Many cognac brands invest contemporary art through sponsorship, marketing or simply for pleasure. Installations, street art, design, architecture… When art and Cognac are blending.
An American street artist giving free rein to his imagination to work on decanters. A giant lime-washed installation filling a foundation space. A unique example of an Advent calendar made of oak, with the chocolates replaced by little bottles of brandy. … No, this is not Brooklyn, but Cognac, where the great cognac houses have a special interest in contemporary creations. “It’s interesting to confront a timeless product that hasn’t changed in decades with the current zeitgeist”, explains Cécile François, director of institutional communication for the House of Hennessy. “And who better than artists could absorb this spirit?”
Hennessy is currently engaged in a variety of collaborations of all sorts. Although the house seeks out underground street artists like JonOne, Futura 2000 or tattoo artist Scott Campbell to imagine labels for its VS cognac, it also recruits designers like Mark Newson to reinterpret the XO decanter, which the superstar designer chose to dress with Plexiglas. Even more daring, artist Jean-Michel Othoniel designed la Beauté du siècle, an extraordinarily sophisticated baroque casket for the hundredth birthday of Kilian Hennessy, born in 1907.
Cognac a new cultural destination
Elsewhere in the town, the house of Martell established very close artistic ties when it opened the doors of its foundation in October 2016. Inaugurated with the gigantic pavilion by Spanish architects José Selgas and Lucìa Cano, specialists in translucent structures open to the exterior, the place inspired Vincent Lamouroux, winner of the Prix Ricard in 2006, who transformed the space into an unknown planet: visitors can thus wander through his Par nature installation between palm trees dotted among the 210 m3 of lime-washed sand.
Nathalie Viot, director of the foundation, is delighted to announce that “Cognac is becoming a new cultural destination,” based on the artistic dynamism of the Charente and Charente-Maritime departments. “We particularly wish to highlight and nurture young talent in the Nouvelle Aquitaine region: the W110 workshop installed its swings here, 71 bis organized a parade with employees of the House, and the Oseraie de l’Ile demonstrated all its wickerwork know-how…”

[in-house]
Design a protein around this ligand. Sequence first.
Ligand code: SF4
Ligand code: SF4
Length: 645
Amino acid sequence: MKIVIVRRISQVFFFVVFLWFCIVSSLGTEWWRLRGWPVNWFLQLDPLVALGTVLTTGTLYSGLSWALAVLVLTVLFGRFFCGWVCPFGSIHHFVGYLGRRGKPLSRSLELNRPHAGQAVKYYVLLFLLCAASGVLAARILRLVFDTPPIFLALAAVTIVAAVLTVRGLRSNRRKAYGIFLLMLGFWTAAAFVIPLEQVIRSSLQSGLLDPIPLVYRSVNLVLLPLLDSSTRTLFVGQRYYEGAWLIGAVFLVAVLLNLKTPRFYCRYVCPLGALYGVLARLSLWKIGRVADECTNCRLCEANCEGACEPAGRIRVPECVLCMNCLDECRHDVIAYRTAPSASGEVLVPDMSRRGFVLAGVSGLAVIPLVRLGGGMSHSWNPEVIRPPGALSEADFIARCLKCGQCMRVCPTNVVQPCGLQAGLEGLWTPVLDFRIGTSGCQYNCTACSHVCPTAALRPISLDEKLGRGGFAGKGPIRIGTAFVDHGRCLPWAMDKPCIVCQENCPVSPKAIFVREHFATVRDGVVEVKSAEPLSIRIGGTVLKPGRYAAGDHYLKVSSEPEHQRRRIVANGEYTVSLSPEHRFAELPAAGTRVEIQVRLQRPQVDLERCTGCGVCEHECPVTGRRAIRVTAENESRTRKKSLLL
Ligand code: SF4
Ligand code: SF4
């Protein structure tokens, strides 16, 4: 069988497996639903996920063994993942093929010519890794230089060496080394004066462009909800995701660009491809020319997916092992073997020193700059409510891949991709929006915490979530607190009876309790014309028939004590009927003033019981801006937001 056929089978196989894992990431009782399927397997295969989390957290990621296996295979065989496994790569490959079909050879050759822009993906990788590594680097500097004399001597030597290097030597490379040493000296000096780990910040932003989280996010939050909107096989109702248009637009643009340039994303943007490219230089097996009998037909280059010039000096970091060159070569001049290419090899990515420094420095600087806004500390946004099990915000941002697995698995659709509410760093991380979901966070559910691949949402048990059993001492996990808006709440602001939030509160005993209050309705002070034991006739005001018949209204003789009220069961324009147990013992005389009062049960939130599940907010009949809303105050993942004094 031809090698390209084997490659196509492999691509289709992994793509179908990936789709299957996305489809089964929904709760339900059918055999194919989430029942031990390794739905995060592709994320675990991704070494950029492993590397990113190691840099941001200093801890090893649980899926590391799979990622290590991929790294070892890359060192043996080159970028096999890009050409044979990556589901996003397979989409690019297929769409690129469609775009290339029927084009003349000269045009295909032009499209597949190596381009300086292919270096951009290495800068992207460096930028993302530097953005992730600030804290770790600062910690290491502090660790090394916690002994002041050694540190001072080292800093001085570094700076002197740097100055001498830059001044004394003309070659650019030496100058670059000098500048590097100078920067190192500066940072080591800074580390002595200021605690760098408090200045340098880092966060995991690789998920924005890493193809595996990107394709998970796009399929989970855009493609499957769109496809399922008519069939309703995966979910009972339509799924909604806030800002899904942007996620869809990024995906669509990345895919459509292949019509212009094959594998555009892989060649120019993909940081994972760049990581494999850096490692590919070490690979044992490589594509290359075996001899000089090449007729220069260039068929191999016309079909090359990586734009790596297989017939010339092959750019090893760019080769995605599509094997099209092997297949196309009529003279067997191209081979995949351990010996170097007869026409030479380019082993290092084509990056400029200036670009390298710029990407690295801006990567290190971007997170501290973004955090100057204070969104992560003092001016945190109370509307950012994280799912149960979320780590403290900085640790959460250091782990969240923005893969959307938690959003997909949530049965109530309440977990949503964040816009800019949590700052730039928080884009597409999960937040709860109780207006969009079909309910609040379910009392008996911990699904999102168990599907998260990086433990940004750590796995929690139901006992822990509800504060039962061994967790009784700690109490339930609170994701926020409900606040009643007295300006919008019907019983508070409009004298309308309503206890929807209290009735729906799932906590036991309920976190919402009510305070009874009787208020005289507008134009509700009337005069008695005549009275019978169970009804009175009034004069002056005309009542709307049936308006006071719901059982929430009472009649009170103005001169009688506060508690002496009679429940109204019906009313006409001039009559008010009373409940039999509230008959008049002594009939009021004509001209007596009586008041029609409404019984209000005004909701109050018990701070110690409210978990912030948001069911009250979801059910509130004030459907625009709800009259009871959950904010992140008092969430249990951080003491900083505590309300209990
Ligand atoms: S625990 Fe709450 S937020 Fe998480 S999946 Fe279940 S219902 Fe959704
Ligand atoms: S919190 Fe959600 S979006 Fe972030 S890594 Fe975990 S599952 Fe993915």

Not far away, the house of Renault unveiled a very unexpected Advent calendar in late 2017: an oak plate with, suspended from it, the 24 brandies that make up the cognacs of the brand. “For this exceptional piece, Renault consulted the artisans of the Drevelle workshop, who made the frame and the twenty-four miniature cases, each containing a little bottle of cognac”, explains Jérôme Durant, director of Renault. The calendar was put up for sale as a unique product and the proceeds will go to the Compagnons du Devoir organization to promote the transmission of know-how, though “the work has not yet found a buyer” confessed Jérôme Durand.
Classic music, jazz, and art exhibitions in Cognac
For Meukow, although the Espace Guyenne, a magnificent converted mirror factory, welcomes local painters and photographers, the acquisition of a Steinway piano has shifted the focus to music. The piano is now proudly displayed in the Chai Meukow restaurant. “I always wanted to bring music into this space with its amazing acoustics,” enthuses Marie-Laure Brugerolle, deputy general manager of the house. “Although we started out with classical music, we are also open to jazz, and the creations of chef Julien Lachenaud sometimes chime with the music played by visiting musicians. The company is a living space and I find it hard to imagine life without art.”
The house of Hine’s approach is based on a partnership with the Royal College of Art in London “Every year since 2011, we have awarded the Hine Prize to an artist graduating from the college” comments Margje Pruim from the marketing and communication department of the venerable house founded in 1763. “We purchase the winning piece and exhibit it here in our offices and then invite the winner to work on the envelope for our H by Hine limited edition which is sold between October and December.” David Schroeter, winner of the prize in2016, adapted The Willow Tree, one of his luminous works inspired by his favorite tree under his window in Brooklyn. In 2017 the prize went to Jade Fadojutimi. But we will have to wait until September 2018 to see how she dresses the H by Hine envelope. An amazing marriage that symbolizes and translates the constant effort of cognac houses to blend tradition with an ever-more-creative contemporaneous spirit.